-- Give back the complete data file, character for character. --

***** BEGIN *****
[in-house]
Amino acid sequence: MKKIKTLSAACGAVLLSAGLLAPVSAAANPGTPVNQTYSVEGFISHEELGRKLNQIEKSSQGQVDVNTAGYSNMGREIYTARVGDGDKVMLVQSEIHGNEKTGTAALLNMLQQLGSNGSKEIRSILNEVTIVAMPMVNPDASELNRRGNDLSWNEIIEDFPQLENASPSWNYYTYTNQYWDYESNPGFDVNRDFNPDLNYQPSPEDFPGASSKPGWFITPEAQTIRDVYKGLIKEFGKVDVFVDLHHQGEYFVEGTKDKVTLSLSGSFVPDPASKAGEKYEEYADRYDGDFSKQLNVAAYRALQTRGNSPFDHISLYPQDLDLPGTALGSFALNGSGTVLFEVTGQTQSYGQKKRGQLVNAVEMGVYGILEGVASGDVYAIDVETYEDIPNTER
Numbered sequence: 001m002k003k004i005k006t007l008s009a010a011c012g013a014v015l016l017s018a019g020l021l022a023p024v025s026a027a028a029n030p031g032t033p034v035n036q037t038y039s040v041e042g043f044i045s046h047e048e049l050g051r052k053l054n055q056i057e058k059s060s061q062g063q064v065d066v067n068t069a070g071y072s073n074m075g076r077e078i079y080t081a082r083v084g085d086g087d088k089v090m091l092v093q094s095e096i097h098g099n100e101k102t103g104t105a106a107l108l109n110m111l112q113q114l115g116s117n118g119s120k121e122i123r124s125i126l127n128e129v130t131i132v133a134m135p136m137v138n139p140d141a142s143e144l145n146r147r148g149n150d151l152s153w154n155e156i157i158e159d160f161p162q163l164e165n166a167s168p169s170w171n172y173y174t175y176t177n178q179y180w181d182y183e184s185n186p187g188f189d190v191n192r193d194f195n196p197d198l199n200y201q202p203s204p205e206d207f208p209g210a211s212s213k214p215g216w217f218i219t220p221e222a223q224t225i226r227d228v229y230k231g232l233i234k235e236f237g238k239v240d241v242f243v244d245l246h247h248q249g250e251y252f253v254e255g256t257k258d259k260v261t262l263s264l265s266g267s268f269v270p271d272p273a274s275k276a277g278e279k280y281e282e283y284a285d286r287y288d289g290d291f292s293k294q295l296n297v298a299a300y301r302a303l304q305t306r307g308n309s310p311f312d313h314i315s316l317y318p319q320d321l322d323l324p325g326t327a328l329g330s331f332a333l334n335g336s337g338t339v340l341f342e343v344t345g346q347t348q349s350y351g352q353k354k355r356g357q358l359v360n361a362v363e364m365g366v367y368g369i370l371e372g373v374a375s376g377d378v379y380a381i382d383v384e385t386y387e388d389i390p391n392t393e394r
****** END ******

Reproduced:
[in-house]
Amino acid sequence: MKKIKTLSAACGAVLLSAGLLAPVSAAANPGTPVNQTYSVEGFISHEELGRKLNQIEKSSQGQVDVNTAGYSNMGREIYTARVGDGDKVMLVQSEIHGNEKTGTAALLNMLQQLGSNGSKEIRSILNEVTIVAMPMVNPDASELNRRGNDLSWNEIIEDFPQLENASPSWNYYTYTNQYWDYESNPGFDVNRDFNPDLNYQPSPEDFPGASSKPGWFITPEAQTIRDVYKGLIKEFGKVDVFVDLHHQGEYFVEGTKDKVTLSLSGSFVPDPASKAGEKYEEYADRYDGDFSKQLNVAAYRALQTRGNSPFDHISLYPQDLDLPGTALGSFALNGSGTVLFEVTGQTQSYGQKKRGQLVNAVEMGVYGILEGVASGDVYAIDVETYEDIPNTER
Numbered sequence: 001m002k003k004i005k006t007l008s009a010a011c012g013a014v015l016l017s018a019g020l021l022a023p024v025s026a027a028a029n030p031g032t033p034v035n036q037t038y039s040v041e042g043f044i045s046h047e048e049l050g051r052k053l054n055q056i057e058k059s060s061q062g063q064v065d066v067n068t069a070g071y072s073n074m075g076r077e078i079y080t081a082r083v084g085d086g087d088k089v090m091l092v093q094s095e096i097h098g099n100e101k102t103g104t105a106a107l108l109n110m111l112q113q114l115g116s117n118g119s120k121e122i123r124s125i126l127n128e129v130t131i132v133a134m135p136m137v138n139p140d141a142s143e144l145n146r147r148g149n150d151l152s153w154n155e156i157i158e159d160f161p162q163l164e165n166a167s168p169s170w171n172y173y174t175y176t177n178q179y180w181d182y183e184s185n186p187g188f189d190v191n192r193d194f195n196p197d198l199n200y201q202p203s204p205e206d207f208p209g210a211s212s213k214p215g216w217f218i219t220p221e222a223q224t225i226r227d228v229y230k231g232l233i234k235e236f237g238k239v240d241v242f243v244d245l246h247h248q249g250e251y252f253v254e255g256t257k258d259k260v261t262l263s264l265s266g267s268f269v270p271d272p273a274s275k276a277g278e279k280y281e282e283y284a285d286r287y288d289g290d291f292s293k294q295l296n297v298a299a300y301r302a303l304q305t306r307g308n309s310p311f312d313h314i315s316l317y318p319q320d321l322d323l324p325g326t327a328l329g330s331f332a333l334n335g336s337g338t339v340l341f342e343v344t345g346q347t348q349s350y351g352q353k354k355r356g357q358l359v360n361a362v363e364m365g366v367y368g369i370l371e372g373v374a375s376g377d378v379y380a381i382d383v384e385t386y387e388d389i390p391n392t393e394r